When you combine 132 games of Kinsler's 2008-2009 production and 30 games of Theriot's 2010 season, you end up with a line that looks like this: .282-114-24-83-32. 

To put that in perspective, Brandon Phillips ('07) is the only second baseman besides Kinsler to have at least 20 HRs and 30 SBs in a season since 2001 (Phillips also reached 30-30).  But Phillips has only topped a .276 batting average once in his career. 

Chase Utley is the only other second baseman that can put up elite numbers in all five rotisserie categories—his 2009 line of .282-112-31-93-23 shows why he's the only 2B that can rival Kinsler's potential for across-the-board numbers.

Now imagine if you plan ahead for Kinsler's inevitable injury and draft a decent backup 2B.  Instead of replacing Kinsler with a two-category hitter like Theriot, you may be able to replace him with a three—or even four-category hitter, or maybe a guy who is truly a difference maker in one or two categories. 

Think options like Martin Prado, Ben Zobrist, Kelly Johnson and Chone Figgins.

None of this means you should draft Kinsler before Robinson Cano, who doesn't steal bases.  The point is that you can take Kinsler and still get terrific 2B production, even though he'll likely miss a chunk of the season.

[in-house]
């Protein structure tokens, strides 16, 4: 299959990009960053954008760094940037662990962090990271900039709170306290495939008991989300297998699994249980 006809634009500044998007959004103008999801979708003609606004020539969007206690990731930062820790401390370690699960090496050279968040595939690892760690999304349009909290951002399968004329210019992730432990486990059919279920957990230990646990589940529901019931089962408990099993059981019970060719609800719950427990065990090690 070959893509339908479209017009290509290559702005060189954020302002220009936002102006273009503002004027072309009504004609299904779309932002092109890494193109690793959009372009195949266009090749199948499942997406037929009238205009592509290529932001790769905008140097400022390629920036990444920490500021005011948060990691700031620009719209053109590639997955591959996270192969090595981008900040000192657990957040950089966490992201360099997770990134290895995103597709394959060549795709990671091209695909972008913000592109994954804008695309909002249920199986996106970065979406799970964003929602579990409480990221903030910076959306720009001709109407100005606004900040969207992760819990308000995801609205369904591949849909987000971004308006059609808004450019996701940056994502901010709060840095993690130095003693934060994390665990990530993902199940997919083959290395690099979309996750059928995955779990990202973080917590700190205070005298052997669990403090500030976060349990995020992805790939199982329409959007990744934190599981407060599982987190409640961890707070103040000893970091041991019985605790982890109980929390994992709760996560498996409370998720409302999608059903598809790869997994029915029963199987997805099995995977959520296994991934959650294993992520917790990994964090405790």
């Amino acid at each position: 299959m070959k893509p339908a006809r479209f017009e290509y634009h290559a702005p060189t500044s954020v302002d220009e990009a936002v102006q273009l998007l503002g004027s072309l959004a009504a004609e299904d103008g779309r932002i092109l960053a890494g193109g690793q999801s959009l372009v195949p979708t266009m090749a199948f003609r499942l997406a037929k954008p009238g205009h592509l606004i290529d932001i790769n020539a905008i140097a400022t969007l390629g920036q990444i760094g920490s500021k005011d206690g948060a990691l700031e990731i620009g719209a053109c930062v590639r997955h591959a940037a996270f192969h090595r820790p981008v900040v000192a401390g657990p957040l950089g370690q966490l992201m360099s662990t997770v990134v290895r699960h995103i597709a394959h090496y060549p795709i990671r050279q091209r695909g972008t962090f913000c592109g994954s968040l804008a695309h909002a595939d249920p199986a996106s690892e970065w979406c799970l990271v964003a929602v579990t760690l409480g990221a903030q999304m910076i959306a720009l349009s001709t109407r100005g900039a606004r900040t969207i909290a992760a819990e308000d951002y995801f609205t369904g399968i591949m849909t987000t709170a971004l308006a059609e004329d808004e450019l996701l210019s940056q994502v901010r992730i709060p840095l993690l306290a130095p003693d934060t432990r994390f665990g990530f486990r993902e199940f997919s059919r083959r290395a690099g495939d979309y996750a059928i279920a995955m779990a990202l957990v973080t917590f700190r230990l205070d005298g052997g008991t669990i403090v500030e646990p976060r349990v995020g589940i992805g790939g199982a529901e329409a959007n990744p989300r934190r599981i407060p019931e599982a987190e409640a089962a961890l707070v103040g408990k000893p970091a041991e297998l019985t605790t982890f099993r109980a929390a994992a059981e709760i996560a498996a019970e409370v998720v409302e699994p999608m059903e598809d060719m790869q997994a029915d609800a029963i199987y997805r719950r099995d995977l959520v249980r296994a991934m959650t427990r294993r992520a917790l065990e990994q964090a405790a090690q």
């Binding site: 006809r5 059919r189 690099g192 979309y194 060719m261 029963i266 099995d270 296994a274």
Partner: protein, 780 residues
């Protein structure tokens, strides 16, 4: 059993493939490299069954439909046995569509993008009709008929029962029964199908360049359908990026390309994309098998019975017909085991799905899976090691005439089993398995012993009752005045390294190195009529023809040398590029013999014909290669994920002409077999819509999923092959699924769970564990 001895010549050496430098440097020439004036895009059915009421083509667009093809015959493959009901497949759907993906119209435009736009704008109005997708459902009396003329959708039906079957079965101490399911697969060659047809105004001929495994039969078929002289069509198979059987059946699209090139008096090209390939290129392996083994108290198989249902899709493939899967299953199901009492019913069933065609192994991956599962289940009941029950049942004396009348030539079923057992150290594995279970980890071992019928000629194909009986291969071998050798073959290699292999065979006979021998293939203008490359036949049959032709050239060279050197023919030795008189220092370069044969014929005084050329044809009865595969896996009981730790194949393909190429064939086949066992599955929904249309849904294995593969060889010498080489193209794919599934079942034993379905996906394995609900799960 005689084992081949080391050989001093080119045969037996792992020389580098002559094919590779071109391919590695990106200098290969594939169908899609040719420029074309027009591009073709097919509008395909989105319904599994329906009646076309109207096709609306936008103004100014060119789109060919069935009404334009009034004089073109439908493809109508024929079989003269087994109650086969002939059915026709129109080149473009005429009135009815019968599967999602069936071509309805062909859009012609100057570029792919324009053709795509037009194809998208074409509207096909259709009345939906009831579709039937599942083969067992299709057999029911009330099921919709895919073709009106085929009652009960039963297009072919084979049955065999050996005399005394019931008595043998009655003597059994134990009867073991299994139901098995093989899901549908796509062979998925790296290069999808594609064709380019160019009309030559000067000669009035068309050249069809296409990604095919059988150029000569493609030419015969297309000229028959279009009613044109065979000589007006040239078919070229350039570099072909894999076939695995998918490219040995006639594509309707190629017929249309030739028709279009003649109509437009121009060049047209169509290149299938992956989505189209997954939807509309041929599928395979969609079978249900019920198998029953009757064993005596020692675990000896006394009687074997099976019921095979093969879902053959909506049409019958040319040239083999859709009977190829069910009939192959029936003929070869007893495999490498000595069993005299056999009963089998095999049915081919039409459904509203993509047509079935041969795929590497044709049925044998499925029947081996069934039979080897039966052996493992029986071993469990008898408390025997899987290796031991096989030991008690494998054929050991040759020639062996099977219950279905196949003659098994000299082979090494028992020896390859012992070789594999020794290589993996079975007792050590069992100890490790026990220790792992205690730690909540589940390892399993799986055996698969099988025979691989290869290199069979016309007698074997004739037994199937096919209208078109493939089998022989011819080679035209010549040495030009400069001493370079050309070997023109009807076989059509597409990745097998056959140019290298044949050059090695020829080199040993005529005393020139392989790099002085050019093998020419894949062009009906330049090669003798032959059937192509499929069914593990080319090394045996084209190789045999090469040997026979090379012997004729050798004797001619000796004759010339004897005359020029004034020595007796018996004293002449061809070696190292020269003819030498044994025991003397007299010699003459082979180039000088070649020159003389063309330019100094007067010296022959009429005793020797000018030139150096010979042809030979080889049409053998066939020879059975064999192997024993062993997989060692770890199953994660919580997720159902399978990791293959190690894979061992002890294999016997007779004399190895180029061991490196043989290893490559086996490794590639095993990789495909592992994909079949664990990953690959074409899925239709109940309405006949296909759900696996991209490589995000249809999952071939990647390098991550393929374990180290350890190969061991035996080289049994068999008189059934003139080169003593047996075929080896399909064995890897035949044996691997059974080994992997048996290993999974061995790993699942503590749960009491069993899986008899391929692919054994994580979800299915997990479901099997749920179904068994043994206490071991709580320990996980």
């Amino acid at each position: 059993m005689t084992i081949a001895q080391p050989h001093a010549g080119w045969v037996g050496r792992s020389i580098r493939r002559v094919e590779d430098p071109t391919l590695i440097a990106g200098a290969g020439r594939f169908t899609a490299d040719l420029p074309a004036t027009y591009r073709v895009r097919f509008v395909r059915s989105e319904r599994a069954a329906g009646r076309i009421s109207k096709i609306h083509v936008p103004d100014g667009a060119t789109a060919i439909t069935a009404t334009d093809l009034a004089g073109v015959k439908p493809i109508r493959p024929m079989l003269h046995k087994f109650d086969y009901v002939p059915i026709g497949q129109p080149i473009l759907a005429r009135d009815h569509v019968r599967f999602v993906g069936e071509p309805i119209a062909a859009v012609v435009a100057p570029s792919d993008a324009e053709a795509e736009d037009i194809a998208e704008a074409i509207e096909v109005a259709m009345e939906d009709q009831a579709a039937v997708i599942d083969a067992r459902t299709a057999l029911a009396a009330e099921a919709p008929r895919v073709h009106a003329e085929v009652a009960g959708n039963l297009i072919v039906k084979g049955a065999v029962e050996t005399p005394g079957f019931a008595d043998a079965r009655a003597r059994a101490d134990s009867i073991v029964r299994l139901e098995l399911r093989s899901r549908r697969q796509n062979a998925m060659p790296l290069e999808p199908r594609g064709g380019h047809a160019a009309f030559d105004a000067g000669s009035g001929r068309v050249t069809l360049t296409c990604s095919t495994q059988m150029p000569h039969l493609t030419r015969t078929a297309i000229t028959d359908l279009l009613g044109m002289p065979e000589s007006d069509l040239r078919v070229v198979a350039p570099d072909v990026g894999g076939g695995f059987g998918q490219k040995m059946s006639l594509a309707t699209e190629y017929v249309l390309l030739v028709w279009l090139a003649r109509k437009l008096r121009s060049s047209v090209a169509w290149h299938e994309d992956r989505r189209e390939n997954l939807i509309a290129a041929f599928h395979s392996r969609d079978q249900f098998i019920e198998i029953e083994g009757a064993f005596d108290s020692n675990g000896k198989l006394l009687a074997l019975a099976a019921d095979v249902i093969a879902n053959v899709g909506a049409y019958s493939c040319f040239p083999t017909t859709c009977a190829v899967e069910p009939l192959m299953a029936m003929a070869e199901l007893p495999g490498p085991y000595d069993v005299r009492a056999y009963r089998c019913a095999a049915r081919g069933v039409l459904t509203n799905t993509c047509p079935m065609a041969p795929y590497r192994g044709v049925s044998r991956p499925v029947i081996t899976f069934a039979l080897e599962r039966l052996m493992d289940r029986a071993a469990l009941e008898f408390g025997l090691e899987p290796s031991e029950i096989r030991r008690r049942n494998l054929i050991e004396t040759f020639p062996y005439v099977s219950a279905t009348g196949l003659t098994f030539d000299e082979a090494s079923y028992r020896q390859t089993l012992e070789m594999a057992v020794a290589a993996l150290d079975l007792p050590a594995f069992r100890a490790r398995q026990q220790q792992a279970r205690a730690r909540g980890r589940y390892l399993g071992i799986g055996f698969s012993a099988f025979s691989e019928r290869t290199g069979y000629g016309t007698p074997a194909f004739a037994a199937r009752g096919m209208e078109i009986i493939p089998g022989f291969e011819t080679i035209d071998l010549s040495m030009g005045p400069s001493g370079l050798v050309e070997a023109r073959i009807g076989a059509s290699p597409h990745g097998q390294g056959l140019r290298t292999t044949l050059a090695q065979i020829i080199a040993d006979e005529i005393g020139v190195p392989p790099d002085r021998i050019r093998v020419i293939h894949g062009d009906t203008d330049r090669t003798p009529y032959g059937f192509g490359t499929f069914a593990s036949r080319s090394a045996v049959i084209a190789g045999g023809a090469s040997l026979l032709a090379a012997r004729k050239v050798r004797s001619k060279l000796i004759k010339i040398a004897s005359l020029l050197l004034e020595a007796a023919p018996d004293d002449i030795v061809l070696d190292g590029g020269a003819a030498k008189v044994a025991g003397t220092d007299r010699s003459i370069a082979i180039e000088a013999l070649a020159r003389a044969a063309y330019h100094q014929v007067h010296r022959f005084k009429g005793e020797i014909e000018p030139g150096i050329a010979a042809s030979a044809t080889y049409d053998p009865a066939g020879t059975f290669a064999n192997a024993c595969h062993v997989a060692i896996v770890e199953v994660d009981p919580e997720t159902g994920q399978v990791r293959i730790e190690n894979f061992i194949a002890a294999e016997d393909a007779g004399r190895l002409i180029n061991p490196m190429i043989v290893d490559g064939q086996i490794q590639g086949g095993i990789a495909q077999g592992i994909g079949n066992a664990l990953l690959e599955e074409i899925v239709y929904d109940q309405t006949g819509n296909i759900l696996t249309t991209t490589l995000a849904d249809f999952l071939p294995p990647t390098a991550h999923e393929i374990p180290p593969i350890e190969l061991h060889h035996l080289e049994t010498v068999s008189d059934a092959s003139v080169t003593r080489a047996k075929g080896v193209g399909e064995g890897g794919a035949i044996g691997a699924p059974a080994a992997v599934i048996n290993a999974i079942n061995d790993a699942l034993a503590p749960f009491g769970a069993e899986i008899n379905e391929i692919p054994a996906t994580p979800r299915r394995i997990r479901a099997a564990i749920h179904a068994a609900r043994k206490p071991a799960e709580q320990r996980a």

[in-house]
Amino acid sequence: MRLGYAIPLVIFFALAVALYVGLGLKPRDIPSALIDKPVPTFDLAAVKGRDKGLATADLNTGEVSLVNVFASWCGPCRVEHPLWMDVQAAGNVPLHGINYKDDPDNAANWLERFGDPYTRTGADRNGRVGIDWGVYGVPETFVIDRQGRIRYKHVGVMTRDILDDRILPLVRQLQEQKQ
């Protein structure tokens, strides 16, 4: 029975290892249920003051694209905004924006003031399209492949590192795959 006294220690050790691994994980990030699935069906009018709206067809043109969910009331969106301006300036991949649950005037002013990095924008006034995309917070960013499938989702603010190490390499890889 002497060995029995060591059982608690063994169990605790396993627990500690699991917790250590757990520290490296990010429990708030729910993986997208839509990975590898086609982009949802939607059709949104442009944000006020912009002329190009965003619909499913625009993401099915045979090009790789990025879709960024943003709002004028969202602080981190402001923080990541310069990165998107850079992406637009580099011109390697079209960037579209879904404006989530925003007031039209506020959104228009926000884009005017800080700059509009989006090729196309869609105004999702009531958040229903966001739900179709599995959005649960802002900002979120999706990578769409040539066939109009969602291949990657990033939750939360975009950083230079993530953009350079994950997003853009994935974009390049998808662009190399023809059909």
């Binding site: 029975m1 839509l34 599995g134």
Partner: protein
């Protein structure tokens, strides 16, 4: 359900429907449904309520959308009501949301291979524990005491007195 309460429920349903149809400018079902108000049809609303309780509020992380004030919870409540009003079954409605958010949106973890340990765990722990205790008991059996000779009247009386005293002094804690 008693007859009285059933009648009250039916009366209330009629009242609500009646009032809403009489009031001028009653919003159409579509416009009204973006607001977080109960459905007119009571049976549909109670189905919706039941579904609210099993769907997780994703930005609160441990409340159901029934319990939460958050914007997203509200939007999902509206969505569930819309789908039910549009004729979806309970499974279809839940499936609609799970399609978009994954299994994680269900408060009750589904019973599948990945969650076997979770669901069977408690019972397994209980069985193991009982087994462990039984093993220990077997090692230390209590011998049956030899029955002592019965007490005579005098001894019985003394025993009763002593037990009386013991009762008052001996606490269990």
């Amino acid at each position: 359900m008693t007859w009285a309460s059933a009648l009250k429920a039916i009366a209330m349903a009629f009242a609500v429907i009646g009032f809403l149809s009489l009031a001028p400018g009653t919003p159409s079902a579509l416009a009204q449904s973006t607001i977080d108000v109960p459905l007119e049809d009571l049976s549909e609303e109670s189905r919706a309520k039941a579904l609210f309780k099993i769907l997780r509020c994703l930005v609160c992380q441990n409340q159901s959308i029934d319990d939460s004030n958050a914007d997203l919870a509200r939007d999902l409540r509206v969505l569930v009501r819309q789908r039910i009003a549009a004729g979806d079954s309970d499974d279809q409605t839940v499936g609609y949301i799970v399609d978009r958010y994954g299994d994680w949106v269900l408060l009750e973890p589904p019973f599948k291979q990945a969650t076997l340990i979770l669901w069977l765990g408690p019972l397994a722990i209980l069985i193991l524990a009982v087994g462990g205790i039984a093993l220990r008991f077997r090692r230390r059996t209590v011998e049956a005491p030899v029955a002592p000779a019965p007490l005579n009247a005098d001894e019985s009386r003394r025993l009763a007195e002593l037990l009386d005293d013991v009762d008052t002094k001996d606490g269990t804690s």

So who are some other injury-prone guys you should consider in shallow (12-team or less) leagues? Aramis Ramirez, Nelson Cruz, Kevin Youkilis, Rafael Furcal and Magglio Ordonez are some other hitters to look at.

The Kinsler Syndrome strategy is even more effective with pitchers. 

Josh Johnson may be likely to miss some time during the season, but I'll gladly draft 170 dominating innings from Johnson instead of 200 less certain innings from players like Zack Greinke or Yovani Gallardo. 

Other pitchers who fit the injury-prone label but are unhittable when healthy include Johan Santana, Eric Bedard, Justin Duchscherer, Joe Nathan and Huston Street.  Some of those names are significantly more valuable than others, but they all make good mid- or late-round picks.

That said, not all injury-prone players will end up being bargains at the draft.  I'm a big fan of the injury discount, but you need to make sure you actually get a discount. 

Josh Hamilton, for instance, is arguably the best hitter in baseball when healthy, but his injury risk is too high to take him in the first round.  Rickie Weeks is another injury-prone player who could actually end up being overvalued at drafts—I'm not as worried about his health as I am about his dramatic decline in steals and whether he can maintain the sudden spike in power. 

League depth also matters. 

If you play in an 18-team league, or an AL or NL only league, the options on the waiver wire when an injury occurs are going to be uninspiring, to say the least.

Overall, though, injury-prone players tend to be under-appreciated at most drafts.  So contract a case of Kinsler Syndrome and you'll be ready to take advantage of your injury-phobic rivals.